Thursday’s Headlines: Catastrophic Lies Edition

Huh? National news was obsessed with a story that likely wasn't even a tiny bit true.
Huh? National news was obsessed with a story that likely wasn't even a tiny bit true.

The day began with a preposterous series of stories in the national and gossip press: Prince Harry and Meghan Markle had been involved in a “near catastrophic crash” on Tuesday night when chased by paparazzi for two hours after an event at an undisclosed location, the couple’s spokesperson had announced.

We were sitting at our desk and knew something smelled — and it wasn’t last night’s tuna casserole returning as this morning’s breakfast.

Our old man editor — who has been covering car crashes and royalty in New York City for three decades — went on Irish radio to tell anyone who would listen that the story was at least 90 percent daft. (Kuntzman was wrongly ID’d as the “breaking news editor at Newsweek — a position that’s at least four jobs, and two lifetimes ago, but still…) Mayor Adams also shared Kuntzman’s skepticism early in the day.

By the end of the day, we learned more or less the truth: Something did happen to the ex-Highnesses, but it certainly wasn’t a two-hour, near death chase.

The Daily News and the Post interviewed the couple’s cabbie, and the resulting story sounded pretty much like … a normal cab ride. The Post put five reporters on the story only to conclude (obvs) that “the supposed ordeal wasn’t nearly as dramatic as the couple claimed.” The Times used four reporters to do its usual “good people on both sides” approach to news, concluding, unsatisfactorily, “As more details emerged on Wednesday … the picture became more complicated.” (Is it? The spare over-reacted. Done.)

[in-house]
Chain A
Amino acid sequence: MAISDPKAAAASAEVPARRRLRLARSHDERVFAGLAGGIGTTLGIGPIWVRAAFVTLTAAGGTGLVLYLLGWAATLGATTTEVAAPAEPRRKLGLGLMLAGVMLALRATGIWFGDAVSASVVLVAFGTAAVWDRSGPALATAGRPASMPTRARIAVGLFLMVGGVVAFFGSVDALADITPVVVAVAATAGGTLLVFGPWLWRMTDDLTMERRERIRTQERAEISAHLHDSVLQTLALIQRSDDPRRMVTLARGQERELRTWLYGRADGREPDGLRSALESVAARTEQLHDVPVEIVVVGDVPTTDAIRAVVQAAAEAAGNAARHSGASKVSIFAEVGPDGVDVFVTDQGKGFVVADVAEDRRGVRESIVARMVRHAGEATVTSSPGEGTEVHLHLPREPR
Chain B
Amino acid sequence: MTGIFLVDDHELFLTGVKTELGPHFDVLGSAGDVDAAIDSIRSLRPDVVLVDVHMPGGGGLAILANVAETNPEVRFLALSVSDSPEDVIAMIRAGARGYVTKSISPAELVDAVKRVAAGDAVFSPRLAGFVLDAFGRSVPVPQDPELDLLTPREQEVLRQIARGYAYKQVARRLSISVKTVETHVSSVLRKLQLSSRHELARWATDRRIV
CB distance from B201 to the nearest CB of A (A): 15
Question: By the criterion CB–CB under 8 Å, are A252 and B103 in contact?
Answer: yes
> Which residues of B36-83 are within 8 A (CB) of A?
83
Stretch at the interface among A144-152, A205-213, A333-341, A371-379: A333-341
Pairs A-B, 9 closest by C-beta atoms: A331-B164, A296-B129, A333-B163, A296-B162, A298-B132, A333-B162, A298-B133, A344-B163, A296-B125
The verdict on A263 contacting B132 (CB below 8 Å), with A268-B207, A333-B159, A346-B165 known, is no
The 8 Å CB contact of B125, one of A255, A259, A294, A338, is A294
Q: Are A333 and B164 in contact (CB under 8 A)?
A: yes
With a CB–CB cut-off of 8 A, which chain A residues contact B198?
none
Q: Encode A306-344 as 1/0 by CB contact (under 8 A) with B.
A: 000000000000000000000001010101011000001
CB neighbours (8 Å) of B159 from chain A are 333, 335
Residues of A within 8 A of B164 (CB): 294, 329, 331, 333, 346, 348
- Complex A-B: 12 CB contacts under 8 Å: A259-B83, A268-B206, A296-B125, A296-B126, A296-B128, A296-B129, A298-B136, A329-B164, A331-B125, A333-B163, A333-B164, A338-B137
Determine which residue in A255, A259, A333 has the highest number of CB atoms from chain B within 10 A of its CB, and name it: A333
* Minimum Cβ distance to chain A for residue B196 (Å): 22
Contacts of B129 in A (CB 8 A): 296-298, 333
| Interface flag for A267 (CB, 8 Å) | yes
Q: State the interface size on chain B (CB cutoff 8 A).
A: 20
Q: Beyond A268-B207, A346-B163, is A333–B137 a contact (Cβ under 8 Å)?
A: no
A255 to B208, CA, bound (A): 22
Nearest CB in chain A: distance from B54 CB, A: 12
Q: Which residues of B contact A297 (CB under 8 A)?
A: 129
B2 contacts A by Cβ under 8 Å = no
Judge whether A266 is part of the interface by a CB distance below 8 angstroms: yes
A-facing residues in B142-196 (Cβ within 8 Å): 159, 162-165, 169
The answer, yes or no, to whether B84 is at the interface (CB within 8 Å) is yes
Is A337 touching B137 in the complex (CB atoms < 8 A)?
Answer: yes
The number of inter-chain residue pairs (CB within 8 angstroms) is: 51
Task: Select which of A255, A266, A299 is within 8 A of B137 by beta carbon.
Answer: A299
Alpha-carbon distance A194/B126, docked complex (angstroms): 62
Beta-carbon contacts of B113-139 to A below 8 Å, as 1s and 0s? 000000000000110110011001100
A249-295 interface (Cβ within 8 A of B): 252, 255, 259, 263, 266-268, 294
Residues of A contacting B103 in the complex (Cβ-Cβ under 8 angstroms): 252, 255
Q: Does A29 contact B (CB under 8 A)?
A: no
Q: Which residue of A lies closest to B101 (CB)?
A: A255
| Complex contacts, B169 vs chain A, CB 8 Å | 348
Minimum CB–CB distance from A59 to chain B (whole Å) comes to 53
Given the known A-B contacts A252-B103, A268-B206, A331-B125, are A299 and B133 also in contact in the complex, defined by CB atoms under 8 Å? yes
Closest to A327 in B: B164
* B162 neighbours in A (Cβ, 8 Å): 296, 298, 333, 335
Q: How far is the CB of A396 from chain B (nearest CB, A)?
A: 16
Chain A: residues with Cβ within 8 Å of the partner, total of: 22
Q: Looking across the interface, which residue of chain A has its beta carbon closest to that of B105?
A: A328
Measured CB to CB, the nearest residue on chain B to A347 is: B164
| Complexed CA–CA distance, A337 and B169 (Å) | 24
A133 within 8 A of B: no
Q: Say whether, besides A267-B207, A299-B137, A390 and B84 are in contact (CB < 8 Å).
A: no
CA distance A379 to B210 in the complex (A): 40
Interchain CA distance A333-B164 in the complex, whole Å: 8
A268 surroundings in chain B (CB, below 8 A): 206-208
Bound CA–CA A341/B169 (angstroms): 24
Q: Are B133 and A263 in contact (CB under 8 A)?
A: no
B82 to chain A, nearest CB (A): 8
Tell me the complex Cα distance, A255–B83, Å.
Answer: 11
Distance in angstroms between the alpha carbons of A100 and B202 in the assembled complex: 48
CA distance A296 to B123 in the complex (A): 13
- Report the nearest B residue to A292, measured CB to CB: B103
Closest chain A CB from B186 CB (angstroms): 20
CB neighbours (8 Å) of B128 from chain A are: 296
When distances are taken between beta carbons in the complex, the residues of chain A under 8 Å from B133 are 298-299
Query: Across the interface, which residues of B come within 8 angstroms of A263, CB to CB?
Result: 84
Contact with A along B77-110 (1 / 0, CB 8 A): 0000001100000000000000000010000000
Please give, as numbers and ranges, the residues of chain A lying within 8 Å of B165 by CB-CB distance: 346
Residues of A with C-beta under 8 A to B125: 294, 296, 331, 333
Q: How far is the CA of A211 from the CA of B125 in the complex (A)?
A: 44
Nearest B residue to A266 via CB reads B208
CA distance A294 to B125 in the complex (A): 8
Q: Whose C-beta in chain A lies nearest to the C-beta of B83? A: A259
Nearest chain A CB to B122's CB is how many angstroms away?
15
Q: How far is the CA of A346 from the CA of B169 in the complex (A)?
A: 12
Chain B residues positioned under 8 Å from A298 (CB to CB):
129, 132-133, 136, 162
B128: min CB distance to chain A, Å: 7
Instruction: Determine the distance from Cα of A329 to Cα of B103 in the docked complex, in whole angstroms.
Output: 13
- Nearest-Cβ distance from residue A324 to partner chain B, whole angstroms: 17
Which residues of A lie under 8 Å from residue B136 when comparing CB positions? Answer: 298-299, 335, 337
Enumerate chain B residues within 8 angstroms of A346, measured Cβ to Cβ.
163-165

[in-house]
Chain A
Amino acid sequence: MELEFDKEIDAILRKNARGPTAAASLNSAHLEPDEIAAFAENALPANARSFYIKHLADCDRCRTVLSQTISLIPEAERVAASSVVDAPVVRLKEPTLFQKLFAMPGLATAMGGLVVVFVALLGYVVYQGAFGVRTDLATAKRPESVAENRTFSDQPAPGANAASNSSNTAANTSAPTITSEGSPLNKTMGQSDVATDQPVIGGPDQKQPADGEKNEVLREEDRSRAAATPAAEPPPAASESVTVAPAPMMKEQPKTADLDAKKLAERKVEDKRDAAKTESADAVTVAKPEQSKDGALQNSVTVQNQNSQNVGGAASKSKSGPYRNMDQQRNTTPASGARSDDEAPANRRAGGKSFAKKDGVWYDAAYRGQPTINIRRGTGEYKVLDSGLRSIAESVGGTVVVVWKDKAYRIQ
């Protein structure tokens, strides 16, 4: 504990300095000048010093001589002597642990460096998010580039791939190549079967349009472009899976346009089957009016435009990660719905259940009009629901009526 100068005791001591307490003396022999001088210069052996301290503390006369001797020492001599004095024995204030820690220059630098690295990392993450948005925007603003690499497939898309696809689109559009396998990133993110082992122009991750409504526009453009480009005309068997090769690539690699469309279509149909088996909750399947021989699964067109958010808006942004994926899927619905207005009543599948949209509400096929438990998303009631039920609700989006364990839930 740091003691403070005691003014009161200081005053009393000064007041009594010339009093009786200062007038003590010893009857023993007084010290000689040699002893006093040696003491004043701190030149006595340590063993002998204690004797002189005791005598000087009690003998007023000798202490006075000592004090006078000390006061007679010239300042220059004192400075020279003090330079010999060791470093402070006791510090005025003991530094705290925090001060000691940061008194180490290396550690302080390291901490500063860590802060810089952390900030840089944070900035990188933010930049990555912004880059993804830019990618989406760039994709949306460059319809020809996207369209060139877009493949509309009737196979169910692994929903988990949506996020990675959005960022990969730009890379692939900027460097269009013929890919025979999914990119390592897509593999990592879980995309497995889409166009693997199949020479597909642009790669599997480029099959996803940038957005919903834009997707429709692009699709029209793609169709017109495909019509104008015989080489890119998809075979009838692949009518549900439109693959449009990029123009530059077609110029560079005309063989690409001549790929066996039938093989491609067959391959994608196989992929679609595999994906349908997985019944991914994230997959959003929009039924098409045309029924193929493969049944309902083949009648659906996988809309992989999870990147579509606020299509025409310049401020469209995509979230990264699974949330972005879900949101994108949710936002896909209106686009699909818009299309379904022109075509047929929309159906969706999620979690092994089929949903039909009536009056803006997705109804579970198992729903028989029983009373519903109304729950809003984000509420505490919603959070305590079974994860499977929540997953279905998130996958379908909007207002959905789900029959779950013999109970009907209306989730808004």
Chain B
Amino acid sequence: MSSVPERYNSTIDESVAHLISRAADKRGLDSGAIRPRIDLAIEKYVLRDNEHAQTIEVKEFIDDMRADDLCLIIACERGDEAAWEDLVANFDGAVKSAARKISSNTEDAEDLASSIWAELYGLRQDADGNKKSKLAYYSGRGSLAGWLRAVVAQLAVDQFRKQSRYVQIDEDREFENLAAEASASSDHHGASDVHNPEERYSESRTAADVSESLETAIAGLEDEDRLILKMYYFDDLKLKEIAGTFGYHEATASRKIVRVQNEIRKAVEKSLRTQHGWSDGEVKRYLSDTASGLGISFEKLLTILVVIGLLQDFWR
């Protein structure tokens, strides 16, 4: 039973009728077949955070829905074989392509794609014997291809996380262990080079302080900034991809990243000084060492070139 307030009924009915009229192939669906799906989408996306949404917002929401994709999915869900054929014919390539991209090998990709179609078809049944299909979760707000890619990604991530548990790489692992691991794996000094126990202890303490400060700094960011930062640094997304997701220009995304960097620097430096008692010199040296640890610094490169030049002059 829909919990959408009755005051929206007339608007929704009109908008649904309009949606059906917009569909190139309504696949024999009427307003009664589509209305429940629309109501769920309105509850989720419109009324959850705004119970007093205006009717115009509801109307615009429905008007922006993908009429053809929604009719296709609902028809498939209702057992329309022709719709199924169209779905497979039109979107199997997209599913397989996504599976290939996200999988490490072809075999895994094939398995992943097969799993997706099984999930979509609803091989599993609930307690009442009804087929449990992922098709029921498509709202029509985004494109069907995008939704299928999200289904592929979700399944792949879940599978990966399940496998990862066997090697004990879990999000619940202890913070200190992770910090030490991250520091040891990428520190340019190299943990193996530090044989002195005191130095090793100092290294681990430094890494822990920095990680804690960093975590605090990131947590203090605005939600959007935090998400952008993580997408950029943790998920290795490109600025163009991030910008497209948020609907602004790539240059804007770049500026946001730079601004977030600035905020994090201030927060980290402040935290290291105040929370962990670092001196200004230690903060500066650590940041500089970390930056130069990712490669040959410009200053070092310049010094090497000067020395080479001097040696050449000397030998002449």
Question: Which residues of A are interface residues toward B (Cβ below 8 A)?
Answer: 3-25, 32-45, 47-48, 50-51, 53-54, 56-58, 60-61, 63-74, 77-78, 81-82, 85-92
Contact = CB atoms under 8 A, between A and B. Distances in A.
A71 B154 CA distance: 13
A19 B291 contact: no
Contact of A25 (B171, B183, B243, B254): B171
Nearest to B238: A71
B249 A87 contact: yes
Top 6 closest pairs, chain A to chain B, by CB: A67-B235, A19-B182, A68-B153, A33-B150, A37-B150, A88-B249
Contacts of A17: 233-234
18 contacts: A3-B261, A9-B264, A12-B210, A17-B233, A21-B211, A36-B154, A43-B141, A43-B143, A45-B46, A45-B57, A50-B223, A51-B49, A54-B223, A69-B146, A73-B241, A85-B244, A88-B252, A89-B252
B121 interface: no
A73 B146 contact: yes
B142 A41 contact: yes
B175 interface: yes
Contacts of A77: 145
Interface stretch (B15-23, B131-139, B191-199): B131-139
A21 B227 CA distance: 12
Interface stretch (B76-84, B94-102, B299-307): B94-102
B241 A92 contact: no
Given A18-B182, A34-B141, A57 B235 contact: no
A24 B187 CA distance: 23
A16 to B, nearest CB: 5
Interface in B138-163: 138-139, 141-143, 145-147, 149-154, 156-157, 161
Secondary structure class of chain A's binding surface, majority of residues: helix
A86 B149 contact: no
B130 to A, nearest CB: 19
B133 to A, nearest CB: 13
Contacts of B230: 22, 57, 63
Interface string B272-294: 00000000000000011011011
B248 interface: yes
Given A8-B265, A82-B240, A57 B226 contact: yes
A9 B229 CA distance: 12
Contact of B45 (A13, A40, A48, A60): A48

In other news:

  • The other big story was the MTA’s weird media strategy on fare evasion. First, after dodging our calls on Tuesday, the agency gave a scoop to the Daily News — a report that claims the agency loses close to $700 million every year to all manner of fare evaders (both in subways, on buses and in cars). The Post, Gothamist, Hell Gate and amNY also covered.
  • The Daily News also reported that the MTA is, indeed, testing new turnstiles to reduce underground “fare evasion,” a term that writer Adam Johnson hates:

  • Crain’s had a great scoop about how Madison Square Garden will again profit from what should not be its to profit from.
  • Reckless driving killed a teen in Queens. (NYDN)
  • Speaking of reckless driving, the Daily News and The Brooklyn Paper, like Streetsblog, covered the sentencing of Tariq Witherspoon, who killed beloved teacher Matthew Jensen in a 2021 hit-and-run. News legend John Annese also focused on the disappointingly short sentence. (Our coverage also had rare inside-the-courtroom photos — because we know some old tricks.)
  • The NYPD budget is even bigger than you think. (amNY)
  • Delivery workers don’t want to be using unsafe batteries, you know. (Gothamist)
  • Oh, god, now the dead are coming for your parking spaces! (The City)
  • Rule of law — or even the basic order of law — apparently means nothing to presidential hopeful Nikki Haley, who wants a guy who killed a man on the subway to be pardoned … before he’s even convicted (NY Post). Meanwhile, the Times looked at straphangers who failed to intervene in the death of Jordan Neely. Hell Gate focused on the subway riders who know the score.
  • Speaking of Hell Gate, the upstart outlet had a crazy story about a Citi Bike rider who was banned for no reason … then restored (Hell Gate gets action!)
  • And, finally, this is why our old man editor’s dream of opening a shticky dinner theater never came to fruition. But someone else’s will! (NY Times)